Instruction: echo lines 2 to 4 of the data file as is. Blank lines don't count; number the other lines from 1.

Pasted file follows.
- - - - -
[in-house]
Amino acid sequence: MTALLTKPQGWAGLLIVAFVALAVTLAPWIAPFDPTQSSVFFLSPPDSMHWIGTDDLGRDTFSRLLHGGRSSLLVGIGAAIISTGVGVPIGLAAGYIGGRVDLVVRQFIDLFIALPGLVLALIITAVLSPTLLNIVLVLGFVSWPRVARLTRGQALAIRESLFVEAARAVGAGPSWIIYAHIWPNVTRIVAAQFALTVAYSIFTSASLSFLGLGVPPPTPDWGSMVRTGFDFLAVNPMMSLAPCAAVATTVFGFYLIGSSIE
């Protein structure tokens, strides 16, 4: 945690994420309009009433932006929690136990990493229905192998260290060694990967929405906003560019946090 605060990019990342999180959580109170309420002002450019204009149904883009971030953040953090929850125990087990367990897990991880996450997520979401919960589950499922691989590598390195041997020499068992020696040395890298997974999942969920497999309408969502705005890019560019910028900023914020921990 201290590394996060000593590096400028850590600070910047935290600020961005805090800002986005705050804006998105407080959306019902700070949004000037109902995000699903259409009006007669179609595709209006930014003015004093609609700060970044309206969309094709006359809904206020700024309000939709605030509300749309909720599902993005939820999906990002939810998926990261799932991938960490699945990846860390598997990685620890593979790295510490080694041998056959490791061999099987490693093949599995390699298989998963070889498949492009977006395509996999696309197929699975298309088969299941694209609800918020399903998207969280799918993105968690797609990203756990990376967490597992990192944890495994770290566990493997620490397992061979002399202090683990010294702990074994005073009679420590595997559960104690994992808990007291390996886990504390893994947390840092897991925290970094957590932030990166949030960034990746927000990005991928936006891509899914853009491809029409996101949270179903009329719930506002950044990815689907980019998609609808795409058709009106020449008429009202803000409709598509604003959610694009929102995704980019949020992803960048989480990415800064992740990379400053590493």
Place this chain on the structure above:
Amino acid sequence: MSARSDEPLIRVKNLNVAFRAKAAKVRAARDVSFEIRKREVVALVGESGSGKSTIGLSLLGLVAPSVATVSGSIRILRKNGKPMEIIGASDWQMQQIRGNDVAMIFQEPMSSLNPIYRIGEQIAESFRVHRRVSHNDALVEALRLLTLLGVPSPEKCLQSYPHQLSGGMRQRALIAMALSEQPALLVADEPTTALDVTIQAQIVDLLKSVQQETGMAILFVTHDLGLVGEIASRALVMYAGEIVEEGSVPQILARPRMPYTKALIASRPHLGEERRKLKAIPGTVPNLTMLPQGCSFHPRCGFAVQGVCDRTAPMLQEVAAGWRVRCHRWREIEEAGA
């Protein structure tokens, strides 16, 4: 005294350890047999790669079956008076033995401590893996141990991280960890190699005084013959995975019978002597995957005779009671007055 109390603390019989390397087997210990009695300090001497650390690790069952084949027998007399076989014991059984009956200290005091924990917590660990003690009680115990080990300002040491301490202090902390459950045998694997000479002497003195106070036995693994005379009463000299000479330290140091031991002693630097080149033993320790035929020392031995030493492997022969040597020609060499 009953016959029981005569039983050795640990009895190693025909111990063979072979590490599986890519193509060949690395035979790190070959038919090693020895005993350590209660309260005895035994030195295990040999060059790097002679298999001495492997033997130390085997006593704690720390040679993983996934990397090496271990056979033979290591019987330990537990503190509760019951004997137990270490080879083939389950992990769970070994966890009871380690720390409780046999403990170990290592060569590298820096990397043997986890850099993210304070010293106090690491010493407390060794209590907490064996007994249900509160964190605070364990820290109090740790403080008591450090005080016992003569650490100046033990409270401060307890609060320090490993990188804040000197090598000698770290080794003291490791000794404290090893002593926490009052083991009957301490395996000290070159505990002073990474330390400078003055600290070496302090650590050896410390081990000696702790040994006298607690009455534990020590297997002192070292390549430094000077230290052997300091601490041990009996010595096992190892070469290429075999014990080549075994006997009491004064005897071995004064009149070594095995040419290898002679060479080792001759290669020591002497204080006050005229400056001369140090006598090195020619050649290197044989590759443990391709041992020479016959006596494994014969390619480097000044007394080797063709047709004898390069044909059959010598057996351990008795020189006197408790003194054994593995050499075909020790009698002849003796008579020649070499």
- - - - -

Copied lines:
Amino acid sequence: MTALLTKPQGWAGLLIVAFVALAVTLAPWIAPFDPTQSSVFFLSPPDSMHWIGTDDLGRDTFSRLLHGGRSSLLVGIGAAIISTGVGVPIGLAAGYIGGRVDLVVRQFIDLFIALPGLVLALIITAVLSPTLLNIVLVLGFVSWPRVARLTRGQALAIRESLFVEAARAVGAGPSWIIYAHIWPNVTRIVAAQFALTVAYSIFTSASLSFLGLGVPPPTPDWGSMVRTGFDFLAVNPMMSLAPCAAVATTVFGFYLIGSSIE
């Protein structure tokens, strides 16, 4: 945690994420309009009433932006929690136990990493229905192998260290060694990967929405906003560019946090 605060990019990342999180959580109170309420002002450019204009149904883009971030953040953090929850125990087990367990897990991880996450997520979401919960589950499922691989590598390195041997020499068992020696040395890298997974999942969920497999309408969502705005890019560019910028900023914020921990 201290590394996060000593590096400028850590600070910047935290600020961005805090800002986005705050804006998105407080959306019902700070949004000037109902995000699903259409009006007669179609595709209006930014003015004093609609700060970044309206969309094709006359809904206020700024309000939709605030509300749309909720599902993005939820999906990002939810998926990261799932991938960490699945990846860390598997990685620890593979790295510490080694041998056959490791061999099987490693093949599995390699298989998963070889498949492009977006395509996999696309197929699975298309088969299941694209609800918020399903998207969280799918993105968690797609990203756990990376967490597992990192944890495994770290566990493997620490397992061979002399202090683990010294702990074994005073009679420590595997559960104690994992808990007291390996886990504390893994947390840092897991925290970094957590932030990166949030960034990746927000990005991928936006891509899914853009491809029409996101949270179903009329719930506002950044990815689907980019998609609808795409058709009106020449008429009202803000409709598509604003959610694009929102995704980019949020992803960048989480990415800064992740990379400053590493």
Place this chain on the structure above: